Well, yeah, I've seen people watching FAR less TV here in the US than they would have 10 years ago. Several factors (which may or may not apply in UK):
1) Cost. Cable that went up from $35.95 to about $5 a month about 15 years ago, is up to $80 a month or so now. DirecTV costs somewhat less, and Dish network less than that (both satellite dish services) but still a good chunk of change each month. OTA (over the air), if you have good TV reception you can get "enough" channels (compared to before with analog) that many people have dropped cable or dish but since there are fewer channels to choose from, simply watch less TV.
2) Excessive advertising. One show I've seen is about 17 minutes long -- that is 13 minutes of ads. Who the hell is going to watch that many ads, that's almost 50% ads!!! I watch some TV, but NEVER live -- DVR recorded or downloads only.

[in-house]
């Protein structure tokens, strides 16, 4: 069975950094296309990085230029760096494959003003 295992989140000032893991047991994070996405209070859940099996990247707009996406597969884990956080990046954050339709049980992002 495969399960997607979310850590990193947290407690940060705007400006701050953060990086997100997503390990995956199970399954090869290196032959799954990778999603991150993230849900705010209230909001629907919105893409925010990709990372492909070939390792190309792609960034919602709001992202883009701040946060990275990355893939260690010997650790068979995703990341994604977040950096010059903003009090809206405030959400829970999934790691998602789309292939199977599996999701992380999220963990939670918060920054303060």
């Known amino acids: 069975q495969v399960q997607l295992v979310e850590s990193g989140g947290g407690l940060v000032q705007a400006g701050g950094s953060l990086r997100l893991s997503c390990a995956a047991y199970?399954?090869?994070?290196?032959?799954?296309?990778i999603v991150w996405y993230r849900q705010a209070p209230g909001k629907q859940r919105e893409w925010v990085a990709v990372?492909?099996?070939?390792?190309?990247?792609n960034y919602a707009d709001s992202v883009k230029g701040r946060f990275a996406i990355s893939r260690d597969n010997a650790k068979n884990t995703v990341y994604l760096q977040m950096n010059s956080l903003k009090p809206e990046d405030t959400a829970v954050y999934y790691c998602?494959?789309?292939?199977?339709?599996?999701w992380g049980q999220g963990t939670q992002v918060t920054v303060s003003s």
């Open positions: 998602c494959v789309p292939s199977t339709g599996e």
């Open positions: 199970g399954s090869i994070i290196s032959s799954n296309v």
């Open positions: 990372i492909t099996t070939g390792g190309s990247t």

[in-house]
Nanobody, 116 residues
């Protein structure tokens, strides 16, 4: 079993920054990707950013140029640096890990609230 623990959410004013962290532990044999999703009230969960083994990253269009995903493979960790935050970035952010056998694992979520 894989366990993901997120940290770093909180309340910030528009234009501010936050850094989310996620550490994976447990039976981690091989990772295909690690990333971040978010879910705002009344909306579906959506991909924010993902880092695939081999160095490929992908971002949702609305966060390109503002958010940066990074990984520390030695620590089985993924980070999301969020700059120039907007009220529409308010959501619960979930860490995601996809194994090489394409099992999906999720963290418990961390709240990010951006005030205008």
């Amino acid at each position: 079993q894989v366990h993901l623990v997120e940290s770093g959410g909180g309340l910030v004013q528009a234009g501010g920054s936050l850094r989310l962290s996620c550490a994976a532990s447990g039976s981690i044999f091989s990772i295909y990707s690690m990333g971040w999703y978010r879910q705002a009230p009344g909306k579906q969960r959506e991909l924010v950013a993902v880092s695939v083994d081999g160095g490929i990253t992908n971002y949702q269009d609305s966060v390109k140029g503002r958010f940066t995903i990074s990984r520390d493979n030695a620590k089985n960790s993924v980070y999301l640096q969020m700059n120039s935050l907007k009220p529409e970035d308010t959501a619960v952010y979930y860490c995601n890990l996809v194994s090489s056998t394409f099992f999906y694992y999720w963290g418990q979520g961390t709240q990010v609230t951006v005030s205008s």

3) Simply so many hours in the day. First, people do spend far longer online, so they won't be watching TV when they are online. Second, with the poor economy I've been seeing people work 2 jobs who used to work 1, putting in extra hours if they can. Going back to the cost factor, the average wage in the US is lower than it was a few years ago (not even counting inflation), so people would rather spend time online and read, if they have the free time even for that.
As for money spent on shows -- I just don't see the money spent on shows as a factor. If less money means fewer hours of programming, that is one thing. But, look, they must have spent about a buck fifty on some of those classic episodes of Doctor Who -- man the special effects were... something... -- but they were good to watch. On the flip side, I've seen movies and shows that they spent a fortune on the special effects, but the they SUCKED.
Of course, the big fad (in the US) is this endless collection of reality shows, most of which are virtually unwatchable but cost almost nothing to make. The thing is, though, good writing and good plot just don't cost a fortune, but a lot of shows now blow budget on sets and locales, and other extraneous things (there's a lot of wiggle room in special effects between "1970s Doctor Who" and "state of the art that costs a fortune" for example.)